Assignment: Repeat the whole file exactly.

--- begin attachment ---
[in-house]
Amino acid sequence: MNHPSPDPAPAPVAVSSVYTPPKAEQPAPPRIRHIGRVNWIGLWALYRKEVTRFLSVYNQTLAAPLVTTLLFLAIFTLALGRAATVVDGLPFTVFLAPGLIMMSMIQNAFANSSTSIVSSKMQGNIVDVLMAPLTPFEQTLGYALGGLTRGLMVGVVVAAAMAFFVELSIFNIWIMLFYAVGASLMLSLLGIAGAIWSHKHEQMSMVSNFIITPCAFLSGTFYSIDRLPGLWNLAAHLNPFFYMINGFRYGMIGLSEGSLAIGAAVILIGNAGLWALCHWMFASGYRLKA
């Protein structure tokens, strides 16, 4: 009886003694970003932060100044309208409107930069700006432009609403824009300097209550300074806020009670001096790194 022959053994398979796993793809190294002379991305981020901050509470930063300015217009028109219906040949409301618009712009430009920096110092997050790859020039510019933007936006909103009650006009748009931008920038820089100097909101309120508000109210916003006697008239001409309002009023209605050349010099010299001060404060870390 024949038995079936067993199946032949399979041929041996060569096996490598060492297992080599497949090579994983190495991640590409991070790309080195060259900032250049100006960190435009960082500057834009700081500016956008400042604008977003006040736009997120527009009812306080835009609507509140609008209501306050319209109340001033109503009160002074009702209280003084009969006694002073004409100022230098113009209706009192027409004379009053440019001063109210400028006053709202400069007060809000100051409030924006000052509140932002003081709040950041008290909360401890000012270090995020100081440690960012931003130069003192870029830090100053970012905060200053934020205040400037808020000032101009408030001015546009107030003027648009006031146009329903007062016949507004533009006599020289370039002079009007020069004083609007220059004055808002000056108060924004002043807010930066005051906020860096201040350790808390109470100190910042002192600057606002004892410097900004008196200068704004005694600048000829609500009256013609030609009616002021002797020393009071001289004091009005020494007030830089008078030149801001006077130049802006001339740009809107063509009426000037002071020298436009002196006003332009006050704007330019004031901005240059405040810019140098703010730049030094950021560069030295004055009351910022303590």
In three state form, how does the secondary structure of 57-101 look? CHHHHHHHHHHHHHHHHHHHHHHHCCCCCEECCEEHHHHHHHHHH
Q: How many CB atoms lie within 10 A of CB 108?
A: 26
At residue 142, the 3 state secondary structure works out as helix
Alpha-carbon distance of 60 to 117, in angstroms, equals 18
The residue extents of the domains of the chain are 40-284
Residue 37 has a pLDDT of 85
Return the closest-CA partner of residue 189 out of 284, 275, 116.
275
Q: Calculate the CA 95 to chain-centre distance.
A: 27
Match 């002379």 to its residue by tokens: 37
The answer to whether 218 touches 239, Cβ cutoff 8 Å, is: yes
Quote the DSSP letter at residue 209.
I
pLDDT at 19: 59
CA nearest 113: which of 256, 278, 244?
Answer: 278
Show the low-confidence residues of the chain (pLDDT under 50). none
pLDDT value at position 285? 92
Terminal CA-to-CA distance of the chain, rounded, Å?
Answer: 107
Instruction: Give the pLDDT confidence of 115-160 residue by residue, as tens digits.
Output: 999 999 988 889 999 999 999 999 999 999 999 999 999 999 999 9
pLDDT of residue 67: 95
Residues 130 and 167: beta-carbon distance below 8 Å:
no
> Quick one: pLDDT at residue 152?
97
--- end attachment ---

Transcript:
[in-house]
Amino acid sequence: MNHPSPDPAPAPVAVSSVYTPPKAEQPAPPRIRHIGRVNWIGLWALYRKEVTRFLSVYNQTLAAPLVTTLLFLAIFTLALGRAATVVDGLPFTVFLAPGLIMMSMIQNAFANSSTSIVSSKMQGNIVDVLMAPLTPFEQTLGYALGGLTRGLMVGVVVAAAMAFFVELSIFNIWIMLFYAVGASLMLSLLGIAGAIWSHKHEQMSMVSNFIITPCAFLSGTFYSIDRLPGLWNLAAHLNPFFYMINGFRYGMIGLSEGSLAIGAAVILIGNAGLWALCHWMFASGYRLKA
């Protein structure tokens, strides 16, 4: 009886003694970003932060100044309208409107930069700006432009609403824009300097209550300074806020009670001096790194 022959053994398979796993793809190294002379991305981020901050509470930063300015217009028109219906040949409301618009712009430009920096110092997050790859020039510019933007936006909103009650006009748009931008920038820089100097909101309120508000109210916003006697008239001409309002009023209605050349010099010299001060404060870390 024949038995079936067993199946032949399979041929041996060569096996490598060492297992080599497949090579994983190495991640590409991070790309080195060259900032250049100006960190435009960082500057834009700081500016956008400042604008977003006040736009997120527009009812306080835009609507509140609008209501306050319209109340001033109503009160002074009702209280003084009969006694002073004409100022230098113009209706009192027409004379009053440019001063109210400028006053709202400069007060809000100051409030924006000052509140932002003081709040950041008290909360401890000012270090995020100081440690960012931003130069003192870029830090100053970012905060200053934020205040400037808020000032101009408030001015546009107030003027648009006031146009329903007062016949507004533009006599020289370039002079009007020069004083609007220059004055808002000056108060924004002043807010930066005051906020860096201040350790808390109470100190910042002192600057606002004892410097900004008196200068704004005694600048000829609500009256013609030609009616002021002797020393009071001289004091009005020494007030830089008078030149801001006077130049802006001339740009809107063509009426000037002071020298436009002196006003332009006050704007330019004031901005240059405040810019140098703010730049030094950021560069030295004055009351910022303590």
In three state form, how does the secondary structure of 57-101 look? CHHHHHHHHHHHHHHHHHHHHHHHCCCCCEECCEEHHHHHHHHHH
Q: How many CB atoms lie within 10 A of CB 108?
A: 26
At residue 142, the 3 state secondary structure works out as helix
Alpha-carbon distance of 60 to 117, in angstroms, equals 18
The residue extents of the domains of the chain are 40-284
Residue 37 has a pLDDT of 85
Return the closest-CA partner of residue 189 out of 284, 275, 116.
275
Q: Calculate the CA 95 to chain-centre distance.
A: 27
Match 């002379």 to its residue by tokens: 37
The answer to whether 218 touches 239, Cβ cutoff 8 Å, is: yes
Quote the DSSP letter at residue 209.
I
pLDDT at 19: 59
CA nearest 113: which of 256, 278, 244?
Answer: 278
Show the low-confidence residues of the chain (pLDDT under 50). none
pLDDT value at position 285? 92
Terminal CA-to-CA distance of the chain, rounded, Å?
Answer: 107
Instruction: Give the pLDDT confidence of 115-160 residue by residue, as tens digits.
Output: 999 999 988 889 999 999 999 999 999 999 999 999 999 999 999 9
pLDDT of residue 67: 95
Residues 130 and 167: beta-carbon distance below 8 Å:
no
> Quick one: pLDDT at residue 152?
97